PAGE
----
I’m sure grilled blue cheese on a hearty bread has been done many times before, but my first experience, being still fairly new to the loves-blue-cheese world, was last Sunday as part of the cheese course at dinner at The Herbfarm just outside of Seattle. The Herbfarm is one of those legendary Seattle restaurants. The meal is over 4 hours of course after course (9 to be exact) of a set seasonal menu that changes monthly and revolves around a theme… next month, for example, is all about beef. My meal was was root-vegetable inspired. The individual courses are small enough that you don’t leave stuffed at the end of the night, and each dish is exquisitely prepared. I quite enjoyed my entire meal, but the one course that I found myself pining for was the cheese course of a knock your socks off Oregon Blue Cheese oozing from perfectly grilled whole grain bread. Between the bites of the almost smokey cheesy goo, were little nibbles of a tart cherry to round out the palate. So simple and good.
So, without a doubt, I knew what I’d be making with the apple bread. I wasn’t disappointed. As the buttered bread grilled, the sugars from the apples caramelized just a touch more to bring out just a little edge of sweetness, and the nuttiness of the seeds was warmed and deepened. The Rogue Creamery Oregon Blue I used was strong, but not overwhelming. For the contrasting flavor, I made a little tangy rhubarb puree which I might even have liked better than the tart cherry compote, because I could dip the corder of the sandwich in to all the flavors in one bite.
I have a feeling, there will be more grilled cheese sandwiches coming into my life over the next little while. There are so many other cheese that will be tempting me… goat cheese, feta, manchego, not to mention the rest of the blue cheese spectrum.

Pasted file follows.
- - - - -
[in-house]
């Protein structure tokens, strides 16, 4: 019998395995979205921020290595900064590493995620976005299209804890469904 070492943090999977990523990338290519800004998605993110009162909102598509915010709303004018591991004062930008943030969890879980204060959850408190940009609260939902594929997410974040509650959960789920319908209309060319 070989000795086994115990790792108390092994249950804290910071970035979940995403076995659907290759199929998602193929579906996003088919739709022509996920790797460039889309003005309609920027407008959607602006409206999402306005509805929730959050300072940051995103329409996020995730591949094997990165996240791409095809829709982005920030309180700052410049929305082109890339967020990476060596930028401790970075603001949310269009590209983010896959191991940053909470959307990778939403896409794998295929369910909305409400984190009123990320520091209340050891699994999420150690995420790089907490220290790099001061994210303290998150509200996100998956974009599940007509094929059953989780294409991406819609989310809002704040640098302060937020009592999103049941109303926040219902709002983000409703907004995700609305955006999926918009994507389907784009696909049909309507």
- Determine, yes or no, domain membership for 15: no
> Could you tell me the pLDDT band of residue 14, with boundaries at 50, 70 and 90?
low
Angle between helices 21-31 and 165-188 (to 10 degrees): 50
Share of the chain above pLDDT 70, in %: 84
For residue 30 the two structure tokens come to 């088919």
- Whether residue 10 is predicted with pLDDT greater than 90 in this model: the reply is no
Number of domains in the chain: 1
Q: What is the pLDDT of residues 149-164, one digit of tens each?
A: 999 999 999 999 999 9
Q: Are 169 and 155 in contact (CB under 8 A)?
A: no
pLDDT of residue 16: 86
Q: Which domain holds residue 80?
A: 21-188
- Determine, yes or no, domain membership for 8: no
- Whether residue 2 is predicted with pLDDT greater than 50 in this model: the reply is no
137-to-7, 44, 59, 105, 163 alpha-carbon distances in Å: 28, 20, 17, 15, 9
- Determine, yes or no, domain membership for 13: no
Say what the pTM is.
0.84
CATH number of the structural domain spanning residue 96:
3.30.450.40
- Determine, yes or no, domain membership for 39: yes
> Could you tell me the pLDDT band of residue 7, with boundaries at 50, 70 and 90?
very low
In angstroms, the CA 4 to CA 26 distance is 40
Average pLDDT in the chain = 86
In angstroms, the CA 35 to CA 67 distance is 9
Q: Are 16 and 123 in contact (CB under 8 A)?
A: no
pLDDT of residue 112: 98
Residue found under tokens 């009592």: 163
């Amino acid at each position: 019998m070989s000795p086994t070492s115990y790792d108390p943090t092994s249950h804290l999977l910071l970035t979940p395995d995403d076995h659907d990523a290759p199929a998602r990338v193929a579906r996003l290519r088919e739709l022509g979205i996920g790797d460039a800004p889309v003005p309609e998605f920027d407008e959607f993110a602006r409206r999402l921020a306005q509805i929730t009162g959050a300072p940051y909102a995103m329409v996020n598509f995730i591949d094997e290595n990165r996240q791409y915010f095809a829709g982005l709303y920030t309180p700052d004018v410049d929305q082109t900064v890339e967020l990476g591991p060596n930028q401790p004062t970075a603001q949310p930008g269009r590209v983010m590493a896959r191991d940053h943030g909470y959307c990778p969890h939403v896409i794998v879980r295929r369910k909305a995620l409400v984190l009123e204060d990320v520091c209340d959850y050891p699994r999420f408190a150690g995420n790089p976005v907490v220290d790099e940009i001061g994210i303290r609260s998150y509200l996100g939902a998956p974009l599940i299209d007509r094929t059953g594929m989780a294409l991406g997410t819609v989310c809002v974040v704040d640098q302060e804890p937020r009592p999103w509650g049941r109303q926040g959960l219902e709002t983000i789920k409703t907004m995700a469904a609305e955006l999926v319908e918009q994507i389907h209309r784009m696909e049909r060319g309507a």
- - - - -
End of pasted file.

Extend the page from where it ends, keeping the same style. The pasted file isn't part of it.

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0 thoughts on “Apple Bread and Grilled Blue Cheese Sandwiches”
Because I know you really want to know all you can about this fake editorial they are called “advertorials” and are paid for by the advertiser but usually written by a copywriter (either someone on the magazine’s business staff or a freelancer). The American Society of Magazine Editors places restrictions on these sections (hence the “Special Advertising Section” label) but many magazines push the limit. Being a jaded magazine publishing wonk I never give them a second look. Aren’t you glad you know this now?
Just so you know, strong white flour = bread flour.
I think that is one of the best grilled cheese sandwiches I’ve EVER seen!
WOW!!! That’s stunning & now I want to grab it right off the monitor & take a bite!!! I’ll have to work on my own. I notice you didn’t post the bread (or rhubarb compote) recipe here like you usually do. Pretty pleeeeeeez?
Also, I meant to thank you weeks ago, L., when you replied to my query about how to make the “no knead bread” into little rolls/loaves. Thank you SO MUCH for taking the time to do that for me — I really appreciate it. Now to get me some of those little crocks 😉
Jess – Thanks for the clarification.
Kathleen – I put a link to the original bread recipe since I didn’t really change it much, other than to reduce the white flour a bit and add oat bran and some sunflower seeds. The rhubarb compote was pretty straight forward too… I just julienned a stalk of rhubarb, and simmered it for about 40 minutes with some cranberry/pomm juice, a T of sugar and a teaspoon of balsamic vinegar. Just let it stew until it reduces.